The first time I was rejected from anything was when I applied to Ivy League schools for undergraduate school. That didn’t sting so bad because I wasn’t necessarily sold on the idea of an Ivy League education. So it wasn’t until I applied to graduate school that I first felt the horrible, pain-wracking feeling of “rejection.”
See, growing up I was pretty good at everything. I was one of the first one’s picked in sports. I was smart and a hard worker in school, so people wanted to be my partner on group projects. I got into every club or organization that I wanted, and was often asked before I even applied. I lived a fairly privileged life, and I knew it. It seemed that each time I was accepted into a new group, organization, club, sports team, or college, it just made me feel a little more perfect, something that I did not always realize I was trying to attain.
My last year of college came around and I realized I wanted to be a published novelist, but I knew I needed training and classes to improve on my writing skills. So I applied for a MFA Creative Writing program. I think I applied to about 20 schools all across the United States. The applications were rigorous and cost a hefty sum of money, but if I could just get into two or three schools, it would be so worth it.
My acceptance luck seemed to run out around this time, because I was rejected from every single program. It was heartbreaking. I had a 4.0 GPA in college and graduated number one in my class. Why was I rejected? I thought I was a decent writer, but apparently I wasn’t good enough.
Like anyone who has been rejected, it’s the worst feeling no matter the situation. Perhaps, even more so because I was a grown adult by this time who had never been rejected before and didn’t exactly know how to deal with it. I had a semester left until I graduated with no other plans besides graduate school. Now what was I to do? Those rejection letters were like a knife to this pretty picture of perfection that I had created about myself in my mind, and it just kept stabbing and stabbing and stabbing.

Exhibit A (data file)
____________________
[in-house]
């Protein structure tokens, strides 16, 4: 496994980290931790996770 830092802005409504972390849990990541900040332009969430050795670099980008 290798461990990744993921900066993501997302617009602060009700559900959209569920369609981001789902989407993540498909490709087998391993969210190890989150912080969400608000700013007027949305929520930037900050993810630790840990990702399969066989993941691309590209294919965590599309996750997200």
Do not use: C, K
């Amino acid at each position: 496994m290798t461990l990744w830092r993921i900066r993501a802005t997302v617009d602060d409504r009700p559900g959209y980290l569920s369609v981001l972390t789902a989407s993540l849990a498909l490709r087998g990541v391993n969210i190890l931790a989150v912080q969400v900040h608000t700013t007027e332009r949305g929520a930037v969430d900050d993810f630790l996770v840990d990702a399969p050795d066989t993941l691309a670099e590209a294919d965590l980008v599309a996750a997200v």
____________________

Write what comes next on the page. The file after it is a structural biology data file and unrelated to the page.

And then something really crazy happened. I was admitted into the MA English program at the University of Central Oklahoma. Notice, I said, “MA” not “MFA.” The MA was just a regular old Master’s degree with a focus on Creative Writing. I remembered applying for the MFA program at UCO, so I wasn’t sure why I got an acceptance letter for the MA program. So I called the university.
The woman I spoke with on the phone told me that, no, I had applied for the MA program. I argued back saying that I specifically remember applying for the MFA, and I remember because their system was super confusing and I double-checked to make sure it was the MFA program. We argued back and forth and I learned that, well, I couldn’t get into the MFA program. I was in the MA program and did I want it or not?
No, I didn’t really want it, but I would take it.
And it was probably the best thing that I ever did.
I started the MA program in the fall of 2011, and by the spring semester of 2012, I was in the MFA program. I took a few creative writing classes, English classes, and I reapplied for the MFA program, and somehow, someway, they accepted me. And thank God they did!
I was recently reminded of this experience from a writer friend who is currently awaiting her MFA acceptance letters, and I’m glad I did.
Since 2011, I’ve been rejected quite a few times. I’ve had my short stories rejected from many magazines, my novel rejected by literary agents, my blogs rejected from websites, and my job applications rejected by many companies. On the other hand, I’ve been published my many online magazines, created my own blogazine, and have had the opportunity to work with amazing clients now that I’m a full-time, work-from-home, set-my-own-hours freelance writer. If my experience with being rejected by MFA graduate school programs taught me anything is that rejection sometimes has a funny way of steering you in the right direction.
Looking back now I realized that I needed to be rejected – badly – in some part of my life. Yes, rejection hurts but with it you are faced with a decision – do I sit here and cry and just give up or do I go out there and refuse the rejection and find my own acceptance? I chose the latter. And it worked for me. That first rejection prepared me for future rejections that came my way. Now, when I’m rejected, I just say, “You know what? That’s cool. Okay, fine. No worries. I’ll just find a different path to get where I’m trying to go.” And I do.
Rejection isn’t the end of my story. It’s just a great plot twist for this heroine to battle, overcome, and move past to get to my happy ending.